Personally, I think the solution to any problem is education of the mind and expanding our world view. Since adults usually close off the most porous of these brain cells (unwillingly, willingly or just by attrition), my intentional focus will be the children and figuring out how to help them be the best that they can be in life...whatever that path may be. I think we spend way too much time telling them what they should be instead of focusing on their own unique skillsets. God has given us each our own set.

I decided to have my own children later in life (although I was one of the first of my dear college friends to do so). When I made that decision, my entire life revolved around expanding their minds and souls. Yes, I even did the Vivaldi in the womb thing.

When it was time for school, I jumped in and became that involved parent. By second grade, my eldest was evolving faster then her teachers could keep up with educationally. Unfortunately, the school resources were being spent teaching English as a Second Language and not challenging the above average student(our little suburb had a huge influx that they were not prepared for).

As PTA President, I did what I could, but the education system is not one you can "fix" overnight. So after third grade, I pulled her from public school and placed her in a Christian private school that fit my preferred educational qualifications. I had one shot at this parenthood thing and education was a huge component.

Sometimes life gets in the way with all of our best laid plans, but so far, my children are still expanding their minds (they are 12 and 17 with 4.0's). So I know this education thing has some merit. In fact, opening up their world views early in life probably helped them get thru some of the hardest of personal times a child can have in life. I am thankful every day for that miracle.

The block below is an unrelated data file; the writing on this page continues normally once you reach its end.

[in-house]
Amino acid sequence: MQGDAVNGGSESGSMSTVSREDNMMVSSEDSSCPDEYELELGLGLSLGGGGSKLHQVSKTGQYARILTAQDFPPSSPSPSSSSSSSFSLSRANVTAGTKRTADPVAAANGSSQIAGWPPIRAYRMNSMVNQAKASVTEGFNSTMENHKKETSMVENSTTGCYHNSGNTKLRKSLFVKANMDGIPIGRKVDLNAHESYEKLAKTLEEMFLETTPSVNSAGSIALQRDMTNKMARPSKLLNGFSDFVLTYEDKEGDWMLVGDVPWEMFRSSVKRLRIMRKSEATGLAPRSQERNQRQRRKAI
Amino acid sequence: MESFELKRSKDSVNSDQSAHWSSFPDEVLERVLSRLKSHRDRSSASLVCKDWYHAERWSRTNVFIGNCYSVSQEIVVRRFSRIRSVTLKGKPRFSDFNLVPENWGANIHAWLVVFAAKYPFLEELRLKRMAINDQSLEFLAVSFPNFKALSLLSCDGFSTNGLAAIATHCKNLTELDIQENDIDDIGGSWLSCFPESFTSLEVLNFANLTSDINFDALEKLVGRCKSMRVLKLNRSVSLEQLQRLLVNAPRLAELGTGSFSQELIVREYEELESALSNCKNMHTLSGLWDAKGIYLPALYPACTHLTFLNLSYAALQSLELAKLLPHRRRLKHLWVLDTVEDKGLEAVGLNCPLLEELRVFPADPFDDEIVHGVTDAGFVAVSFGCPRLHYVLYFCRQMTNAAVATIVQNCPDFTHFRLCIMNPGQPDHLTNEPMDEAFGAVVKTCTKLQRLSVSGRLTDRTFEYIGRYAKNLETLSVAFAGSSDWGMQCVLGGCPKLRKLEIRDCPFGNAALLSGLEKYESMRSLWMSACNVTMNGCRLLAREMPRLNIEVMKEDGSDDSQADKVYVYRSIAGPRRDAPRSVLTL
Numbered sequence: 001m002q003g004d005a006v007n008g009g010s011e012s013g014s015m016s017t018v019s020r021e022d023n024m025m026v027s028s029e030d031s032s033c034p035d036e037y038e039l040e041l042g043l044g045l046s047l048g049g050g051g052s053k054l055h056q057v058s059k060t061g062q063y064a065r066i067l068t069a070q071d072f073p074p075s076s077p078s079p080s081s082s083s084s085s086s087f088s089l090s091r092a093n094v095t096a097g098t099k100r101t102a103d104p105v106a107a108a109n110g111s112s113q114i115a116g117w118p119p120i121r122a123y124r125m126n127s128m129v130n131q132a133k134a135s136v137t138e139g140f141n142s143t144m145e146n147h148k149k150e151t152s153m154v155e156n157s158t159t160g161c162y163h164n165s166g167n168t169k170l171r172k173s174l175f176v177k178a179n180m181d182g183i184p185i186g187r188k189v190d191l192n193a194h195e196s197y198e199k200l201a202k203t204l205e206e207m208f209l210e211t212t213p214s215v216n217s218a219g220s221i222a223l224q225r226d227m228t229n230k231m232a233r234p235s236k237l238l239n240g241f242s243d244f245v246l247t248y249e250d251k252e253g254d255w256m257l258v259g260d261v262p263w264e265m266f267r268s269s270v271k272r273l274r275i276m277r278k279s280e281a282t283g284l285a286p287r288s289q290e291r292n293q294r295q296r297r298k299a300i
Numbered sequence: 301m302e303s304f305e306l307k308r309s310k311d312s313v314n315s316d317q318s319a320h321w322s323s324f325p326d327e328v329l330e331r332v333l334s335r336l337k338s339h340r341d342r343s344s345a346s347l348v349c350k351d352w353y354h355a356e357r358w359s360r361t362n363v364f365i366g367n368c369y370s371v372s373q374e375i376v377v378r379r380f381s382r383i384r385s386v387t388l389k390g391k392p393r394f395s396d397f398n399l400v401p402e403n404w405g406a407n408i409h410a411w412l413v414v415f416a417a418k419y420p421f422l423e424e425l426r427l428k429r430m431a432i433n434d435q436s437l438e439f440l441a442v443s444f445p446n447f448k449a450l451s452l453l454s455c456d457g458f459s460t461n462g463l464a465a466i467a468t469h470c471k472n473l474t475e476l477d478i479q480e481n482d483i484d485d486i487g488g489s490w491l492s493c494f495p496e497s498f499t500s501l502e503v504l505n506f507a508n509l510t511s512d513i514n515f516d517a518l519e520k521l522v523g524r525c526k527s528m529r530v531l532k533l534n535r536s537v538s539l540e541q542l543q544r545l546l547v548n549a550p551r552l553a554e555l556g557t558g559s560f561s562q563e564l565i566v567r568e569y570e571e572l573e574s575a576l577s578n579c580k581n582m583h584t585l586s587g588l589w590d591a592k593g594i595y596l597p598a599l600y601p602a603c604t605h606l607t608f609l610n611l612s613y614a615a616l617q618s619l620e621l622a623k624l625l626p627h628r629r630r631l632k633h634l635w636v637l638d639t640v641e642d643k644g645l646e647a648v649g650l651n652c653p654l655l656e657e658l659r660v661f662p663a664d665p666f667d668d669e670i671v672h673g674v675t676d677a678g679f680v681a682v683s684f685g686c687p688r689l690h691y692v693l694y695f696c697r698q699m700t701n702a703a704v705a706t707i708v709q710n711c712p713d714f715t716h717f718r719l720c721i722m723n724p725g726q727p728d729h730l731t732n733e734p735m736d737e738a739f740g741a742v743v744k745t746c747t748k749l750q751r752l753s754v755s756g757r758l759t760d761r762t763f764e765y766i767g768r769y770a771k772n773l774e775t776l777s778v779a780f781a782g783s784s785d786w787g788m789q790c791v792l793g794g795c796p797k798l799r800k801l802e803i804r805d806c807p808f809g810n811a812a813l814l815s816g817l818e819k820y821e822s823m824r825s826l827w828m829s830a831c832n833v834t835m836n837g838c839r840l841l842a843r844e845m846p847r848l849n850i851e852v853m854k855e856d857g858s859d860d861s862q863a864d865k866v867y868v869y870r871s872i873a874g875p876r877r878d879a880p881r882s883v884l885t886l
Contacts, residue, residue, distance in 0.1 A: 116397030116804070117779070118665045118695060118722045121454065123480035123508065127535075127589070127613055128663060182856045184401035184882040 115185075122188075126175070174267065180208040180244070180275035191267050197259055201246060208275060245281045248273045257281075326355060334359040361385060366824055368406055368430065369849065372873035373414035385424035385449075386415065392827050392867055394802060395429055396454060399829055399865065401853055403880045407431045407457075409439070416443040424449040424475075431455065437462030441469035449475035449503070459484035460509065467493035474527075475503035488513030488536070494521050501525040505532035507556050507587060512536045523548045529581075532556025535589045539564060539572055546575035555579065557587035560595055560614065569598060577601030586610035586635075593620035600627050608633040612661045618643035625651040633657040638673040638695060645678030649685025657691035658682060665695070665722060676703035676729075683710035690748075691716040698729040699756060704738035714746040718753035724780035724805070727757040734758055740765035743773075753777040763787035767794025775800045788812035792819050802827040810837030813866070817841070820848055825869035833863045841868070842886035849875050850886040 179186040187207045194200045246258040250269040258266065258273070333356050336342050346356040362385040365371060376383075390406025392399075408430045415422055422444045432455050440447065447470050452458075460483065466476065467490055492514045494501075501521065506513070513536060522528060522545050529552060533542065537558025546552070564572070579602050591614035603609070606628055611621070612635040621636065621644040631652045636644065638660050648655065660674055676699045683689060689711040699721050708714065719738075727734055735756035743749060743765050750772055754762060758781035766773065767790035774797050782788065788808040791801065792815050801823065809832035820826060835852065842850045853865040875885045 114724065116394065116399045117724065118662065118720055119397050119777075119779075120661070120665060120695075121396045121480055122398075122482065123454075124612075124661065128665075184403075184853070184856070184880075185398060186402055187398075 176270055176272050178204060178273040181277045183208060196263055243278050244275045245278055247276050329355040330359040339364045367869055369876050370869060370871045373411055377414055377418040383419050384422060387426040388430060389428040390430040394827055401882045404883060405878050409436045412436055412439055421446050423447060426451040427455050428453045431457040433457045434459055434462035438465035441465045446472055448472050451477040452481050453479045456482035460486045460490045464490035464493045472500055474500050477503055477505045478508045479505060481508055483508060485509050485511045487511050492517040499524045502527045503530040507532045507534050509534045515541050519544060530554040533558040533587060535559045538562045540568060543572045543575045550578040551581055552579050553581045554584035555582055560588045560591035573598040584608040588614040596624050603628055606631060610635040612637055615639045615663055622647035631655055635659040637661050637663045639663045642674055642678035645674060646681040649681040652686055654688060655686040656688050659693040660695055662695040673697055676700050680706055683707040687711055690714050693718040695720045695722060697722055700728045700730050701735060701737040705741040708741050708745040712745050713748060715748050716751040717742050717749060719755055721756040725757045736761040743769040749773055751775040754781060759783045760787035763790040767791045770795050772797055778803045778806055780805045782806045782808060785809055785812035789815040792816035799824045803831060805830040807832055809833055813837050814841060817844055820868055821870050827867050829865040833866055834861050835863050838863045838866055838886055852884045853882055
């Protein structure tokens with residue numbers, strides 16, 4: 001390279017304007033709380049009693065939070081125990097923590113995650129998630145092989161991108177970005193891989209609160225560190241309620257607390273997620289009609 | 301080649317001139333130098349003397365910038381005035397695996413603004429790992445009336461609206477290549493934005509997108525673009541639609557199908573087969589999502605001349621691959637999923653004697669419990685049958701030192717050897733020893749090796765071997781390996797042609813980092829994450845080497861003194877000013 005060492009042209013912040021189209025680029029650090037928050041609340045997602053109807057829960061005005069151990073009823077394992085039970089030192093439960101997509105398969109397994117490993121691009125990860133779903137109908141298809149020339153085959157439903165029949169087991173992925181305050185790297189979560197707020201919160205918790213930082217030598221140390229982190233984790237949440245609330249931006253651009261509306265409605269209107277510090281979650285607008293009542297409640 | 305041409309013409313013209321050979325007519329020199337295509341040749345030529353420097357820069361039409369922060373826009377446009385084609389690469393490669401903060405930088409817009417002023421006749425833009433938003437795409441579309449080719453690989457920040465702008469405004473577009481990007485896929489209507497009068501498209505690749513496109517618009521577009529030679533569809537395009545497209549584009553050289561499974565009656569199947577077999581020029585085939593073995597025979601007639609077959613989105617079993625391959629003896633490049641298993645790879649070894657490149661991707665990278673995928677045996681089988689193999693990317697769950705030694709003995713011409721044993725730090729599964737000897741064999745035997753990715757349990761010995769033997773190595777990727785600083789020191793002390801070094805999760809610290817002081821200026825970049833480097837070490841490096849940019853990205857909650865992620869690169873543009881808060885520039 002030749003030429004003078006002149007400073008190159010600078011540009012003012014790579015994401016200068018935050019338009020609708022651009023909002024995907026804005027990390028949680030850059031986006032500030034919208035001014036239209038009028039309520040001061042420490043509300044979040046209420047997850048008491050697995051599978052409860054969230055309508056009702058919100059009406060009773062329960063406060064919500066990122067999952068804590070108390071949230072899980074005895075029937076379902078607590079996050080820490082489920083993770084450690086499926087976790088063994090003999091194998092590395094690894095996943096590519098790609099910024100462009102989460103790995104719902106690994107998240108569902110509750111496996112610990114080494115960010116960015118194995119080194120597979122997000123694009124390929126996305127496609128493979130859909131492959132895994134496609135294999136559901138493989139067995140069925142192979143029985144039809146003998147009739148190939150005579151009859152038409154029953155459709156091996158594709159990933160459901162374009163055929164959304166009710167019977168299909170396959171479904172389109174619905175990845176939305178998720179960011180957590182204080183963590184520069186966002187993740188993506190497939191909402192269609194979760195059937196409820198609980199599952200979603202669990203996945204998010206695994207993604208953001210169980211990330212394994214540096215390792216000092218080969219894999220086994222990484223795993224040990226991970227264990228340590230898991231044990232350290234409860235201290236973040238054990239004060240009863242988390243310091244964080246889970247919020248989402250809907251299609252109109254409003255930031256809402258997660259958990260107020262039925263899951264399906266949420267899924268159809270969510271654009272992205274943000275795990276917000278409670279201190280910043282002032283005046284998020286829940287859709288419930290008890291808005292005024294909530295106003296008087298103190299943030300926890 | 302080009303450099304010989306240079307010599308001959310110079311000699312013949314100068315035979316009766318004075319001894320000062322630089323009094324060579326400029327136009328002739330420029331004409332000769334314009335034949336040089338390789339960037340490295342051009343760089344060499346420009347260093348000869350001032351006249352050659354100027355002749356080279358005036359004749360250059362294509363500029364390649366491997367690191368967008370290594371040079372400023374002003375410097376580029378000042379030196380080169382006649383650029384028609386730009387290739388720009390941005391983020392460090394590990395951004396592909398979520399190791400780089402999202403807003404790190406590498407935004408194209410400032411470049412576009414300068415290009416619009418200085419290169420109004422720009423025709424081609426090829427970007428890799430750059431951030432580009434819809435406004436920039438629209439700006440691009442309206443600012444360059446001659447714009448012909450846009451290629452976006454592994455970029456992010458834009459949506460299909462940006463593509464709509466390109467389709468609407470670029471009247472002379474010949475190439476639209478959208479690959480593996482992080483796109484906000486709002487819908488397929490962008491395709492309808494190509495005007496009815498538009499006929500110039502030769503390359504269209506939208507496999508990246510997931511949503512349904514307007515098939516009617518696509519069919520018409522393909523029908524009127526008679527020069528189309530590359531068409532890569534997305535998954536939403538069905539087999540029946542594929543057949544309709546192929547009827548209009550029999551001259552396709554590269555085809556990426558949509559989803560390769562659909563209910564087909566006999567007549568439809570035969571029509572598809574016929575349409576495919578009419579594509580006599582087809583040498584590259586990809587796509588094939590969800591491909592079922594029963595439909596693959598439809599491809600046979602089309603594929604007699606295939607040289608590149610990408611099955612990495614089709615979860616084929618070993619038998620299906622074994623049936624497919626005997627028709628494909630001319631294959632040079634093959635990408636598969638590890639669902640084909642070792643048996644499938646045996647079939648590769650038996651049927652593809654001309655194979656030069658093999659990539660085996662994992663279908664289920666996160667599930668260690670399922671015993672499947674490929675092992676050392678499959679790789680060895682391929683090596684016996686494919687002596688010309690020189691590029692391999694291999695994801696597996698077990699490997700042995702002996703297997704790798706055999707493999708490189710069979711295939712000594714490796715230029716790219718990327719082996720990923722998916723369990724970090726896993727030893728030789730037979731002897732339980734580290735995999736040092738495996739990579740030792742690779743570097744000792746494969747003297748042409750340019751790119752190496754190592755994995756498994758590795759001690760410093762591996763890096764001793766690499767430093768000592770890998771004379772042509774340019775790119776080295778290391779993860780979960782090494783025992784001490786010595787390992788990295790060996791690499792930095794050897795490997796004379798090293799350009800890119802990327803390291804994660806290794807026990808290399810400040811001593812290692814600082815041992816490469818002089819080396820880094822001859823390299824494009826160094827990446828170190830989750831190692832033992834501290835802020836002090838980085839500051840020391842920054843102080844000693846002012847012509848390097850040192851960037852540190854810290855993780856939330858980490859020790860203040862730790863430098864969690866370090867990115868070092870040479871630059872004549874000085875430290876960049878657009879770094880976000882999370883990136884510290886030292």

I don't have all the answers, but I welcome an open discussion on the matter...and maybe just maybe, we can put our thoughtful discourse into practical application. It is time to think out of the box on this issue. Let the fun begin!

Sunday, May 3, 2009

God and the World Theatre

Ron Paul has a point. We really need to stop telling the world how to run their lives. I know it ticks me off beyond belief to have my own government trying to run my life, can you imagine how it would feel to have another country try to do it? I think Jihad (as-sayf type) would be a calm movement compared to what some of my local brethren would do if such a situation happened here.

In bible study today, we took an entire class period to discuss God's will in history. Are the prophets writing it as it happens or are they recounting it after the fact? I know when things happen in the world today, it takes a great deal of thought and prayer to find the hand of God in it. If I wrote about it several years later, I might be able to find the lesson and the message. It certainly does make a difference in perspective.

When we as a nation get involved in other world conflicts, is it because we are trying to be good Christians or are we doing it to further our own interests (which goes back to my issues with the lamentation of Tyre in Ezekiel)? We think about Hitler when we think about moral "intervention" but Genocide is not a new concept in world history. Who are we to say that we know best? Inflicting our own morality into world politics is a slippery slope. Where do we draw the line. I think it is our job as Christians to give others the ability to choose a better way of life, but it is not the government's job to do so...nor it is the government's (or Christians) right to force it on them.

So if we were writing recent history from a God's will point of view...what do you think it would say?